Paired with CBS' recent partnership with four mobile ad networks to underwrite its mobile programs, the Fox announcement is an important endorsement of the mobile Internet in a number of ways. First, the free and ad-supported off-deck model is now directly challenging the fee-based deck approach. The Fox press release went out of its way to give AT&T and Helio the nod for selling the downloadable versions of MySpace for handsets. AT&T claims the deck-based version of the program has been the carrier's best seller since it premiered. Fox says it will continue a hybrid strategy of deck-based versions of MySpace with better handset integration alongside the free WAP version.
Puhleeze. Everyone can see where this model is headed. I like the added functionality and integration of carrier-approved downloads, too. But as free WAP versions become more robust and common, the only "hybrid" solution with any future for carriers is an ad-supported free application for the deck.
The other good implication of this deal is the prospect of enhanced targeting to mobile users. Millennial Media got the contract to sell and serve advertising into what is likely to be a massive inventory. The network of local TV station sites will let Millennial target by DMA, but the real promise is of integrating with mobile the recently announced MySpace "interest targeting" method. The social network has begun segmenting its audience by profile details like stated interests, likes and dislikes, in addition to the standard demos. "What Fox announced earlier this week with MySpace gives you a glimpse at the methodology we will carry forward," says Paul Palmieri, CEO and president, Millennial Media.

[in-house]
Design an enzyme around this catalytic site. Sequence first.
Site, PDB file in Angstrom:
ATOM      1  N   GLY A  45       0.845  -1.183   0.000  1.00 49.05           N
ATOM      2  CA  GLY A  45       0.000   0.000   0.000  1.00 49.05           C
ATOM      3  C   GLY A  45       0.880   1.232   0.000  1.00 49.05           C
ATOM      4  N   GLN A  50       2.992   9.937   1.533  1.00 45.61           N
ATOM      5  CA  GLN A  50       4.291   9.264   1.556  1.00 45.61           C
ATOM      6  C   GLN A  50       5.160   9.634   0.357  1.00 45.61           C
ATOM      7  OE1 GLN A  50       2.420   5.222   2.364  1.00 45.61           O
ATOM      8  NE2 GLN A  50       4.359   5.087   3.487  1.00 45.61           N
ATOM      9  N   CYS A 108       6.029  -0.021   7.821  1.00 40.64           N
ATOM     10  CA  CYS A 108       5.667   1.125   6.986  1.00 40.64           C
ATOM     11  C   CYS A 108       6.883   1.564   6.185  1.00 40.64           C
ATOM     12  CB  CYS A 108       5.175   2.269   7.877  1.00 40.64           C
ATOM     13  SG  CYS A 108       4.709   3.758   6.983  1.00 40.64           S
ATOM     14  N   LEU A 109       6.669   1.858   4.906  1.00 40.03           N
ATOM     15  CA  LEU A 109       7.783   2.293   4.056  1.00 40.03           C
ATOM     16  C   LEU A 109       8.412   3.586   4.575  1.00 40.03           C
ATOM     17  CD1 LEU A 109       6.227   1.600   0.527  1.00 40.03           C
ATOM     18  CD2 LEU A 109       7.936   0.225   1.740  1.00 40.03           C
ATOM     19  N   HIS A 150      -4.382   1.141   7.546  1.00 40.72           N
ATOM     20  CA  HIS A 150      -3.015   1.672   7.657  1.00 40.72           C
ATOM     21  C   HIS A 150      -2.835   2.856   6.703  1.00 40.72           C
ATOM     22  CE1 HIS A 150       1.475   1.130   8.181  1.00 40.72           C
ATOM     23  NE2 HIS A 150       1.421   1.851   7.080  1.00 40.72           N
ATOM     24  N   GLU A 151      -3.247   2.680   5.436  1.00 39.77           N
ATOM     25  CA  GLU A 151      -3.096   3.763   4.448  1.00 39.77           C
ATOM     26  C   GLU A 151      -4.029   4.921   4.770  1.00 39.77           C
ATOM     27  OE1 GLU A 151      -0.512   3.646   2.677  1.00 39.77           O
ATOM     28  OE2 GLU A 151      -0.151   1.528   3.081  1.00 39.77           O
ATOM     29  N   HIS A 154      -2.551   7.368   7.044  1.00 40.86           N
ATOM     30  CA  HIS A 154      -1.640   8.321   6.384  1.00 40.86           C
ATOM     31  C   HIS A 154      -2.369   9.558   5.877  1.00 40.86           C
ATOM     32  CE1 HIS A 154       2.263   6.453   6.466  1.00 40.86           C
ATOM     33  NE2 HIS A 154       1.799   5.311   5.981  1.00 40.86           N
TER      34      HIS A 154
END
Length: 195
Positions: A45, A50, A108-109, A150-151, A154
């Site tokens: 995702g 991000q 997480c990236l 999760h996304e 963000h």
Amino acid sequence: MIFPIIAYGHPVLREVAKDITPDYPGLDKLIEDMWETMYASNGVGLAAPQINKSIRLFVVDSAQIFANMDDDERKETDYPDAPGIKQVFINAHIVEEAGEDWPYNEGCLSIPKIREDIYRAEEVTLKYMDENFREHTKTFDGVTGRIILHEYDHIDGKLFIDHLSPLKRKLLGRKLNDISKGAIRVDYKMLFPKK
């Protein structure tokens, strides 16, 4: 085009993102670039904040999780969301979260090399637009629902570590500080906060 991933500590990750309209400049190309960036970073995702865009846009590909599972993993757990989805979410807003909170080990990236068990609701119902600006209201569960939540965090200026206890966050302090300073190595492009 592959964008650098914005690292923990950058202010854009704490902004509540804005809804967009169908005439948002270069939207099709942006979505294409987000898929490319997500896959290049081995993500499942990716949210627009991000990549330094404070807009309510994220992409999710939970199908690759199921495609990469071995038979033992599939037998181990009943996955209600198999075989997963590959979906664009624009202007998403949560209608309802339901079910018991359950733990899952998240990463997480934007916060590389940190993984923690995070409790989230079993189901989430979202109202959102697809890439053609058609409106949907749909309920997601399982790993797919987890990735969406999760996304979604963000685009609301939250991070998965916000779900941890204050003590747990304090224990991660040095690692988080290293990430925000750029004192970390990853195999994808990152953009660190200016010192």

One of the strengths of extending a Web site to mobile is that it allows a publisher and network to extend an online profile into WAP targeting. More to the point, it lets publisher target content and ads to their registered mobile users without having to wait for the carriers to figure out how and when they will leverage their user data.
A year ago, all the focus was on which carriers would embrace mobile marketing and when. This year, we seem to be talking more about what media companies are offering via mobile than what the carriers offer. Yeah, yeah, yeah, the carriers will always be more important to the mobile content eco-system than ISP ever were to the Internet. The technology, control of the deck and the billing systems give carriers an intractable role. But it is increasingly clear to me that media are at the wheel now. As they invest more in off-deck ad-supported solutions that cut across and cut out carriers from the revenue stream, they will exert even more pressure on the operators to join in the model.
Just as fee-based, garden-walled AOL got caught in the Web's business models, the carriers are about to get WAPPED.